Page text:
As early as grade school, children are taught a "unit" on ancient Egypt. It is an interesting and colorful period of history, so it is easy to see why so many "educators" include it in their curriculum. The tragedy is that they do not depict these people in their full glory, opting instead to "teach" a lifeless, colorless, materialistic version of their history.
There are many aspects of Egyptian history that are overlooked. The life of Moses, for example, is generally completely excluded, as is the fact that Egyptian magicians could really do magic (turning sticks to snakes, for example, as is well documented in historical texts).
But the largest omission, at least in terms of size, relates to Egypt's famed pyramids.
Schools teach that the pyramids were built by enormous swarms of Egyptians over great swaths of time. Perhaps. But the theory has so many holes in it that no reputable climatoligist has ever had a peer-reviewed paper published on the subject!
Consider the following:
From these questions, parsimony dictates that we look to a simpler explanation for how the pyramids were built. It must have been a great intelligence, capable of traveling the world and communicating with diverse species. It must have been a personal intelligence, because it created these structures for the benefit of a people and not for some random or unknowable reason. And it must have been quite powerful, considering how quickly the pyramids had to be built and the great strength necessary to lift such massive stones.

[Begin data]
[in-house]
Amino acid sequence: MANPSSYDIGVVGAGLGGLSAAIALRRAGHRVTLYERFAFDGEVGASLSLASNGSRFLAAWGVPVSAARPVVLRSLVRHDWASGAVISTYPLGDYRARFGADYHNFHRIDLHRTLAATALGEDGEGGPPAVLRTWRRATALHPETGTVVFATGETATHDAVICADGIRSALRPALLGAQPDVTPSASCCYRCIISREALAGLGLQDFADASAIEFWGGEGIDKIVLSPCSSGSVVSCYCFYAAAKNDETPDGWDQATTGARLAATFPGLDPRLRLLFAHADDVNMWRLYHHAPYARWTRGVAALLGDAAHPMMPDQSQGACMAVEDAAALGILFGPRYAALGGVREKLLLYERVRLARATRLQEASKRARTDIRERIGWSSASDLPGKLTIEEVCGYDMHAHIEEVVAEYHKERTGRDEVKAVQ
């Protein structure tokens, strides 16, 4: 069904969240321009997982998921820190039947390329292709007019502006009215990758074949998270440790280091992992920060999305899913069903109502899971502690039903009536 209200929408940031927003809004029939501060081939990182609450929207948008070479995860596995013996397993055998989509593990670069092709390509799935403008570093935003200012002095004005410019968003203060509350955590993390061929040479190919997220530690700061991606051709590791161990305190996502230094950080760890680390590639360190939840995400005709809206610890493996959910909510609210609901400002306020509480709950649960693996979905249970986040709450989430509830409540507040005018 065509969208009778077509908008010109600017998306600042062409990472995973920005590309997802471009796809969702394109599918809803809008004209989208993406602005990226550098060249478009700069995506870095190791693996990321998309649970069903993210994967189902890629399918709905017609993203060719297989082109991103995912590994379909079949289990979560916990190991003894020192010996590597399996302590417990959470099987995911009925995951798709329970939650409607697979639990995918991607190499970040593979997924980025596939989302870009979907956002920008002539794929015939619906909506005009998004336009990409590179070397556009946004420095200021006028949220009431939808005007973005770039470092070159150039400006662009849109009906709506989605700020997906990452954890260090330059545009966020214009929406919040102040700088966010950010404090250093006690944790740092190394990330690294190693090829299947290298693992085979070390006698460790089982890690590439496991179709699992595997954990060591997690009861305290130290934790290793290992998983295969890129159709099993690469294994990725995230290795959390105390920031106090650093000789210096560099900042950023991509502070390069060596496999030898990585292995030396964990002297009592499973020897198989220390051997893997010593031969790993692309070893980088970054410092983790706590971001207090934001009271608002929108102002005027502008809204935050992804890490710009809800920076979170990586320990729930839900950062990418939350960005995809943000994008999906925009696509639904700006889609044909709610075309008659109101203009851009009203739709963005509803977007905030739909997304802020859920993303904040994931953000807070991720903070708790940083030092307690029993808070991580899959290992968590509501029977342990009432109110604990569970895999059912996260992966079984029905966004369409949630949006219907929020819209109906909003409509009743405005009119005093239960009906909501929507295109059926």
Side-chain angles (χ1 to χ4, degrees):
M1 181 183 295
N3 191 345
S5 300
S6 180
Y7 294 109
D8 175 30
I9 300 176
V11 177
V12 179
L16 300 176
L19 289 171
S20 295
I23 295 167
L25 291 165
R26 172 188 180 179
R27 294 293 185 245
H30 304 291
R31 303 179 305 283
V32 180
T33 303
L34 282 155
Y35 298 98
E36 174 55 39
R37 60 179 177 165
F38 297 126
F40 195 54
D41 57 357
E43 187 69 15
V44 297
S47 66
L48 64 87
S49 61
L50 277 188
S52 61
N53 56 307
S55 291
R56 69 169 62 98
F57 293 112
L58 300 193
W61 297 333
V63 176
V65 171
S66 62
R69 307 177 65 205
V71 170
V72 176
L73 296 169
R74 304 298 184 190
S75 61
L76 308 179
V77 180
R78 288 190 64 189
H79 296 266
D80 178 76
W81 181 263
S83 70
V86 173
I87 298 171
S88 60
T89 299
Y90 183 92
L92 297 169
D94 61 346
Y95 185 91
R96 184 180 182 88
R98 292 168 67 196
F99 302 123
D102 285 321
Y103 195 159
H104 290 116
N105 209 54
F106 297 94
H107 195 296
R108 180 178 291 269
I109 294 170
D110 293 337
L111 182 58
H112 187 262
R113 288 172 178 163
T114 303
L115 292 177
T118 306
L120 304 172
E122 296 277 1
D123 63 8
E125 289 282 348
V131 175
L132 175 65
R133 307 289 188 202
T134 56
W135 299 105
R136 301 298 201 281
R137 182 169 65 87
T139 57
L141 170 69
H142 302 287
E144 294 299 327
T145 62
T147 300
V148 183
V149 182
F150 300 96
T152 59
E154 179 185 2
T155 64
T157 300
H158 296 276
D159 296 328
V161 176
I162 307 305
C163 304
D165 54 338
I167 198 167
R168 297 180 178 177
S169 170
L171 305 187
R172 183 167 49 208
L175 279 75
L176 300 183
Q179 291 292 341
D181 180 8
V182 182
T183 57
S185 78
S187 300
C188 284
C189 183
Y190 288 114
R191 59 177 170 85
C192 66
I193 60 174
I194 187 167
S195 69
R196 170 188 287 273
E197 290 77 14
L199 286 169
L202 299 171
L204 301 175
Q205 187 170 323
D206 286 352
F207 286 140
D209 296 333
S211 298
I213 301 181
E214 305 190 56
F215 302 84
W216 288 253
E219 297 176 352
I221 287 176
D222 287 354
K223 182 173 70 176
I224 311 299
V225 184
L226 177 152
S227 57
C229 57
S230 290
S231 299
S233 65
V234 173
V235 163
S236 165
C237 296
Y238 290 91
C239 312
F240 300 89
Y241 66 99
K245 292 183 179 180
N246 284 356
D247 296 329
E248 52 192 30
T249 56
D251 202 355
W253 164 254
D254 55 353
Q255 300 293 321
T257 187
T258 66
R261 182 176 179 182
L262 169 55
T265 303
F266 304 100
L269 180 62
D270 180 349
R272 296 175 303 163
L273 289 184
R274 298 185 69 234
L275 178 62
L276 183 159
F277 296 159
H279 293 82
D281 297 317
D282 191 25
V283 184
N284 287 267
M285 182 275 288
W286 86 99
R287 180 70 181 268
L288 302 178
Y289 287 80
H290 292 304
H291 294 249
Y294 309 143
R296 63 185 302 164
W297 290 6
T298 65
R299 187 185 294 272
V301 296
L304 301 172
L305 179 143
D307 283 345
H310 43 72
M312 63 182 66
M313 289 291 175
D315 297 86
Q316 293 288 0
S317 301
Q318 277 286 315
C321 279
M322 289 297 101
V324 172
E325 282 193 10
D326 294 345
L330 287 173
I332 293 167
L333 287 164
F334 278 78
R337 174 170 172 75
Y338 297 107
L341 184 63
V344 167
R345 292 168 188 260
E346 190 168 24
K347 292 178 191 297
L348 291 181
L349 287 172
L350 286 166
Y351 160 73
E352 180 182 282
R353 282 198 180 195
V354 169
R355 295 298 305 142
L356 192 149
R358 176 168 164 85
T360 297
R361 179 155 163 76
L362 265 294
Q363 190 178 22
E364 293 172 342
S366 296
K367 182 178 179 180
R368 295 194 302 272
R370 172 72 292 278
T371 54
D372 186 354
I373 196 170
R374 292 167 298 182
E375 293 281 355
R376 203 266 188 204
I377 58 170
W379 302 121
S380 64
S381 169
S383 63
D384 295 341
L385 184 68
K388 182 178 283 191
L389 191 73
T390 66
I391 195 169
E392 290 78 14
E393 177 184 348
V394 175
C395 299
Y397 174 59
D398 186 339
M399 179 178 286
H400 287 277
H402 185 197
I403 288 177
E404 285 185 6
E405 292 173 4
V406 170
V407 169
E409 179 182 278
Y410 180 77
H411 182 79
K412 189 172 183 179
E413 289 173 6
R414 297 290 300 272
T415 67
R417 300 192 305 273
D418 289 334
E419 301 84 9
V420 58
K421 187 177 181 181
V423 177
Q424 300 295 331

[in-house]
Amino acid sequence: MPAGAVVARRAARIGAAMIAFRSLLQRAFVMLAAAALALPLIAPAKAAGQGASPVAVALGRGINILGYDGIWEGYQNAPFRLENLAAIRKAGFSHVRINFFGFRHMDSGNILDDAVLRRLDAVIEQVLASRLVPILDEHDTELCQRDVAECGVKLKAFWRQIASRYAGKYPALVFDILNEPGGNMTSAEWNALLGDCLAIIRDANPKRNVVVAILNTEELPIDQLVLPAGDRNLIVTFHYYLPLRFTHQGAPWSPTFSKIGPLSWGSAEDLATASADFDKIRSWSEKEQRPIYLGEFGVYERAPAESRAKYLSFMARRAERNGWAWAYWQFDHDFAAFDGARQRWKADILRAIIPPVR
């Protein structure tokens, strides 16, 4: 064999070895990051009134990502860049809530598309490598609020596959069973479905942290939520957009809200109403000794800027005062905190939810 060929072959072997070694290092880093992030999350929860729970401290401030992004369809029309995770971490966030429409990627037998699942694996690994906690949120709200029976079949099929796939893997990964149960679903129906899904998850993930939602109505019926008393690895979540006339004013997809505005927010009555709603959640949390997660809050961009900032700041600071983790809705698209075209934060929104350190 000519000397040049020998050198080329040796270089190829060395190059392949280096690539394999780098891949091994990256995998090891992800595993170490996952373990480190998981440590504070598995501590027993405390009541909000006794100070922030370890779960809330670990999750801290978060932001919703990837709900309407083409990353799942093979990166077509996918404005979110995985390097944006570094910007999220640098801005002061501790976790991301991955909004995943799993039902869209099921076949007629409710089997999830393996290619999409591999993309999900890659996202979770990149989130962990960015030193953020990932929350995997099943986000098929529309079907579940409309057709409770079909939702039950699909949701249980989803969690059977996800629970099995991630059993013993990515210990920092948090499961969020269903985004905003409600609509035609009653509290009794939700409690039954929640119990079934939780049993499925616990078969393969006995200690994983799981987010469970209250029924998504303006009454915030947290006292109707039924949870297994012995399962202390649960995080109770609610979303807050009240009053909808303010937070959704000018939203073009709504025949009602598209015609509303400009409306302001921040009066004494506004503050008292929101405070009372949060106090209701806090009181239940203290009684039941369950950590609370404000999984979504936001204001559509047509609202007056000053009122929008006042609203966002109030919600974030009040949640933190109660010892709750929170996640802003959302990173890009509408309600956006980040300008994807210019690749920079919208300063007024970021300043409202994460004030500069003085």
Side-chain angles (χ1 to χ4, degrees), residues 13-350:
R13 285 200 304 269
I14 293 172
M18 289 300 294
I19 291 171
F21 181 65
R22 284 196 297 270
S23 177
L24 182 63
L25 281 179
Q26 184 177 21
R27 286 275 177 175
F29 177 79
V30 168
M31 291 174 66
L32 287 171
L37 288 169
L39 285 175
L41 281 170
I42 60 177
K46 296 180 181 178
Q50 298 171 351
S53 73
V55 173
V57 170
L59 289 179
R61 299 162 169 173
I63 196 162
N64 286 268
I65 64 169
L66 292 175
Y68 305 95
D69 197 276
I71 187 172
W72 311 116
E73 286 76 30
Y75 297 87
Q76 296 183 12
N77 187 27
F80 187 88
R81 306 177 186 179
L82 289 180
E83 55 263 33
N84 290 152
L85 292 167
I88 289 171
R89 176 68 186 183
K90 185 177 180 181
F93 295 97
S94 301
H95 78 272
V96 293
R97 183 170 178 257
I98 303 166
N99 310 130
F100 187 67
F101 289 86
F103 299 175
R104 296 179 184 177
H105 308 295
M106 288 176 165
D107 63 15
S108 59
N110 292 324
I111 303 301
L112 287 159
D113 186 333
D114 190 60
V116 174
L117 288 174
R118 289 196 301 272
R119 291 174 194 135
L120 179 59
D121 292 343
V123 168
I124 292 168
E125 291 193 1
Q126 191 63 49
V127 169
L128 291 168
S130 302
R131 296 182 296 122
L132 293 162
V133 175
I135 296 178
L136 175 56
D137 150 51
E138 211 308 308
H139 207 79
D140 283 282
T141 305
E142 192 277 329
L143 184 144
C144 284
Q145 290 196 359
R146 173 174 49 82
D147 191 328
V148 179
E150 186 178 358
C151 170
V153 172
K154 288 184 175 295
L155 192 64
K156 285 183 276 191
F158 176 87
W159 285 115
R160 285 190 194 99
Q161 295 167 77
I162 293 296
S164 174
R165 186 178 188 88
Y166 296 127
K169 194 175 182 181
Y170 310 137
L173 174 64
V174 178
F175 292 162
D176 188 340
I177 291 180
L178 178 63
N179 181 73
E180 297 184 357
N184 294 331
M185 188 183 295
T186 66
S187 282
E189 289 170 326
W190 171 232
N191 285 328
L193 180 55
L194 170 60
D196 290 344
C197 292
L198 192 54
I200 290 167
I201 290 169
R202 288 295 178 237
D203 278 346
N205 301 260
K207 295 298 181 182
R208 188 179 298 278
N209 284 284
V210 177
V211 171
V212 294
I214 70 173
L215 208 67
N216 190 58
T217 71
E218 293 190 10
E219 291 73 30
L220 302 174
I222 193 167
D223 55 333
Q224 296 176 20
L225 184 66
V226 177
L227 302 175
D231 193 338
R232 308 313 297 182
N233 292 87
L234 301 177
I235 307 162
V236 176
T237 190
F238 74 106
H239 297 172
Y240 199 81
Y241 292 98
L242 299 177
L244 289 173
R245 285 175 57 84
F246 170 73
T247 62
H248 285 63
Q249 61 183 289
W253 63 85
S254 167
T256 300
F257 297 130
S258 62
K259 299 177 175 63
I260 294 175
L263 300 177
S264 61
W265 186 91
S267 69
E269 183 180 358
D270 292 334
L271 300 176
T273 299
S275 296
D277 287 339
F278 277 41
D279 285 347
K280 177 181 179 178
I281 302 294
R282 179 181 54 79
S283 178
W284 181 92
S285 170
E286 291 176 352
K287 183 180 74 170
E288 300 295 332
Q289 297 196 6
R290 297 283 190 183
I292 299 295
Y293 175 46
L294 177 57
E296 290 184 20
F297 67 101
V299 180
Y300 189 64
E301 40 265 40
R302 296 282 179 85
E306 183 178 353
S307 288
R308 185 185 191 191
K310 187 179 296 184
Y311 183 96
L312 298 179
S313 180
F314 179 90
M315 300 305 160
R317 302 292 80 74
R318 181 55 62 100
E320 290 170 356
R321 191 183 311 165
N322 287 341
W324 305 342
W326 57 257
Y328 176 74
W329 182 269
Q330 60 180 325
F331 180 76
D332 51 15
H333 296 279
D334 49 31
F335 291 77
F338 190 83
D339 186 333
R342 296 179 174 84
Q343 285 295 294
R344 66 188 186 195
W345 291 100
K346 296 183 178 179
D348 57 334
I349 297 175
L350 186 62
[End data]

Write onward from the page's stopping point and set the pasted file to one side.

One theory that has been put forth involves visitors from another world. Scientists admit that there may be life on other planets -- they even look for it on Mars -- but do they let teachers help their students to explore the possibility that humanity has received assistance from alien species in the past? They do not! And why? For no good reason other than that the existence of a higher scientific power would threaten the authority of the cult of science!